Author: Hagen Kennecke, M.D., MHA, FRCPC, medical director, Gastrointestinal Oncology, Providence Cancer Institute
In 2021, the U.S. Preventive Services Task Force issued revised guidelines for colorectal cancer screenings, aligning with changes made by the American Cancer Society (ACS) three years prior. The revised screening recommendations came after data collected over 20 years showed an increase in colorectal cancer diagnoses in patients under age 55.
The ACS recommendation stated that “adults aged 45 years and older with an average risk of colorectal cancer undergo regular screenings with either a high-sensitivity stool-based test or a structural (visual) examination, depending on patient preference and test availability.”
Higher incidence among younger patients
The data informing the revised recommendations revealed a 51% increase in the incidence of colorectal cancer in adults under age 55 from 1994 to 2014, and an 11% increase in mortality in the same group from 2005 to 2015.
We don’t know for certain why younger adults are being diagnosed with colorectal cancer, but there is evidence that a diet high in fat, processed meat (WHO Group 1 carcinogen) and red meat (WHO Group 2 carcinogen), combined with low fiber and lack of exercise, may be contributing factors. Family history accounts for only a small proportion of patients diagnosed with colorectal cancer.
Although we’re catching cancer at earlier stages because of preventive screening, colorectal cancer is the second most common cause of cancer death in the United States. Preventive measures such as a healthy whole food diet and regular exercise are critical to reducing the number of colorectal cancer cases. But it also takes research and clinical trials, such as the ones Providence Cancer Institute currently offers, to develop novel treatment options that will improve survival rates of patients and improve their quality of life.
Advances in treatment
Early in my medical career, while caring for colorectal cancer patients, I realized treatments had not significantly advanced since the early 1990s. Although surgery had gotten much better, we were still treating all patients the same way, which meant using chemotherapy and radiation. Yet, many patients required a permanent colostomy bag after treatment.
Around the same time, a close friend was diagnosed with rectal cancer in his 40s, and I saw how the treatments affected his daily life. Since then, I’ve been dedicated to improving both treatment and quality of life for patients with colorectal cancer.
In the past 20 years, there have been many encouraging improvements for patients and their care teams. We’re getting much better at treating early-stage colorectal cancer by using minimally invasive surgeries that require shorter hospital stays. Significant improvements have been made in determining who needs chemotherapy after surgery and how much.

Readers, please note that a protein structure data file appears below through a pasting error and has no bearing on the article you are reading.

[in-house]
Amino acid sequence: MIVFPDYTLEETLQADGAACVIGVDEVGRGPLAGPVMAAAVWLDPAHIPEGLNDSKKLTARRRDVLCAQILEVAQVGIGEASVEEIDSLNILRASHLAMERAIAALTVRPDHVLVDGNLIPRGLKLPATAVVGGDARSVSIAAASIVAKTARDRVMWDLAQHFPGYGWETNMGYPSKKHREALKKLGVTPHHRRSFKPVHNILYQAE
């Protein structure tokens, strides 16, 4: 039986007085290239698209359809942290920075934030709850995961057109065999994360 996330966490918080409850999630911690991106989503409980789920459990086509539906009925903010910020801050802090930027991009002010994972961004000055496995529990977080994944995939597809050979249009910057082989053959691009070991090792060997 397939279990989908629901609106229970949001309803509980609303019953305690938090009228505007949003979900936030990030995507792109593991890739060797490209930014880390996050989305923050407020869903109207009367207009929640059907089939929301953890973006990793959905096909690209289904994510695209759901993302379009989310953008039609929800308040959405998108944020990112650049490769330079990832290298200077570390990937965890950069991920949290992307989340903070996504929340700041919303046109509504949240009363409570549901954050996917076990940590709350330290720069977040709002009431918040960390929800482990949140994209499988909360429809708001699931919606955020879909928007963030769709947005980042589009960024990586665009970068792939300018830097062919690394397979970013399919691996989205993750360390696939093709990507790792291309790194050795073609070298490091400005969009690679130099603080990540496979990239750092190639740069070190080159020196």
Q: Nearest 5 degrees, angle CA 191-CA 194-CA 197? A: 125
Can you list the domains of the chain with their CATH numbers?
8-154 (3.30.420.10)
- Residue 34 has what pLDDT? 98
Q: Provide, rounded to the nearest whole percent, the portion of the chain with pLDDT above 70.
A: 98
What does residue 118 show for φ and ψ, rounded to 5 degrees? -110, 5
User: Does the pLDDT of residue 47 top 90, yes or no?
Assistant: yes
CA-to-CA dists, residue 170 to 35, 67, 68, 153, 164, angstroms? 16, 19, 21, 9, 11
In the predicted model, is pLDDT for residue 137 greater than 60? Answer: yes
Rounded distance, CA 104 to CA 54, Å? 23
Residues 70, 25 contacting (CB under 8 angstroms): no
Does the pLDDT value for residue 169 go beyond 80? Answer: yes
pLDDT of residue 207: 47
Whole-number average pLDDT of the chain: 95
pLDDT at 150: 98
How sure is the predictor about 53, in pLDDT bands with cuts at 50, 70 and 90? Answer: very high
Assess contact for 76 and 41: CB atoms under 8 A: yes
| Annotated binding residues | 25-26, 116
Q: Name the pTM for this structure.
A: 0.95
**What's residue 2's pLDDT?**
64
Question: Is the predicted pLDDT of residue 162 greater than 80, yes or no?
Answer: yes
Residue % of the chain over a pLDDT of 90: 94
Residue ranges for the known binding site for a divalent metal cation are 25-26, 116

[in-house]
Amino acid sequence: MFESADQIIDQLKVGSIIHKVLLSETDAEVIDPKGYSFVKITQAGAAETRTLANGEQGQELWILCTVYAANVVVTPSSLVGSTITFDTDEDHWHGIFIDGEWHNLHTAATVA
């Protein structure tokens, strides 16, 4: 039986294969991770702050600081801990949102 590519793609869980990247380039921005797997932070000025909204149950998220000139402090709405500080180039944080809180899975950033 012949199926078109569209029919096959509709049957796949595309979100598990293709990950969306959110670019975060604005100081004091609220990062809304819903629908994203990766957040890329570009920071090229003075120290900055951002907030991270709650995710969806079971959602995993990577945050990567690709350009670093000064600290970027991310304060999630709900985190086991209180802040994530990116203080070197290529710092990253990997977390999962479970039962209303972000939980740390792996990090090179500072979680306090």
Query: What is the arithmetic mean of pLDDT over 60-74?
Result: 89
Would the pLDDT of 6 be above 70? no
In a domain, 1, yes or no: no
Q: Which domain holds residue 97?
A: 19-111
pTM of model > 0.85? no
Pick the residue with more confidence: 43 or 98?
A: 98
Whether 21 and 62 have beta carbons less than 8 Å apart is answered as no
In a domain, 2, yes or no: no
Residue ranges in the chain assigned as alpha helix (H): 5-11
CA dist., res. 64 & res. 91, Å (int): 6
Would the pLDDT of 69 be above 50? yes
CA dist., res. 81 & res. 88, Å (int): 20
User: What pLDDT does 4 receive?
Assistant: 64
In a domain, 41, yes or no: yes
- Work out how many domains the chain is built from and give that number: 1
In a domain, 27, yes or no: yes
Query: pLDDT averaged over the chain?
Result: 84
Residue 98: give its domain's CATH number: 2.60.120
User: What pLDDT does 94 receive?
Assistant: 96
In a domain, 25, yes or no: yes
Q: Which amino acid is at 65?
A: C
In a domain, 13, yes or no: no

Rectal cancer is a very active area of clinical research at Providence. We’re conducting studies of immunotherapy combined with chemotherapy, radiation and surgery; innovative surgical approaches, such as transanal total mesorectal excision; shorter courses of pelvic radiation; and endoscopic surgery to improve bowel function and reduce toxicity. We’re also using progressive technologies to personalize care for our colorectal cancer patients. This includes using an FDA-approved blood test to detect the presence of circulating tumor DNA.
We currently are recruiting for three clinical trials focused on personalized treatment of colorectal cancer based on unique molecular characteristics of the cancer. Two of the trials are sponsored by the National Cancer Institute through our participation in the Pacific Cancer Research Consortium.
Helping younger patients preserve bowel function
Recently, I presented a research study at the American Society of Clinical Oncology (ASCO) 2021 annual meeting, which involved a large group of patients treated in Canada and the U.S. The study was a cumulation of five years of work on a new treatment for patients with early-stage rectal cancer requiring minimal surgery. Our results show that most patients can be treated with three months of chemotherapy, followed by surgical excision and no further treatment. This is particularly helpful for patients who may need a permanent colostomy bag and younger patients who want to preserve their bowel function.
A national follow-up study is planned with U.S. and Canadian research groups to offer this strategy to a larger group of patients and to evaluate whether radiation can be used to help more patients avoid surgery.
NAPRC accreditation puts a spotlight on Providence
Last year, Providence’s Rectal Cancer Program earned accreditation from the National Accreditation Program for Rectal Cancer (NAPRC). Providence Portland and Providence St. Vincent medical centers were the first in the Pacific Northwest and among the first 25 in the nation to earn this honor. For patients with rectal cancer, that means lower rates of cancer recurrence, lower rates of permanent colostomies and better long-term survival.
For more information
- To refer a patient, call 503-215-6014.
- Screening resources: ProvidenceOregon.org/colorectalcancerscreening
- Program website: ProvidenceOregon.org/colorectalcancer
- Dr. Kennecke’s provider profile
- Dr. Kennecke on KATU AM Northwest
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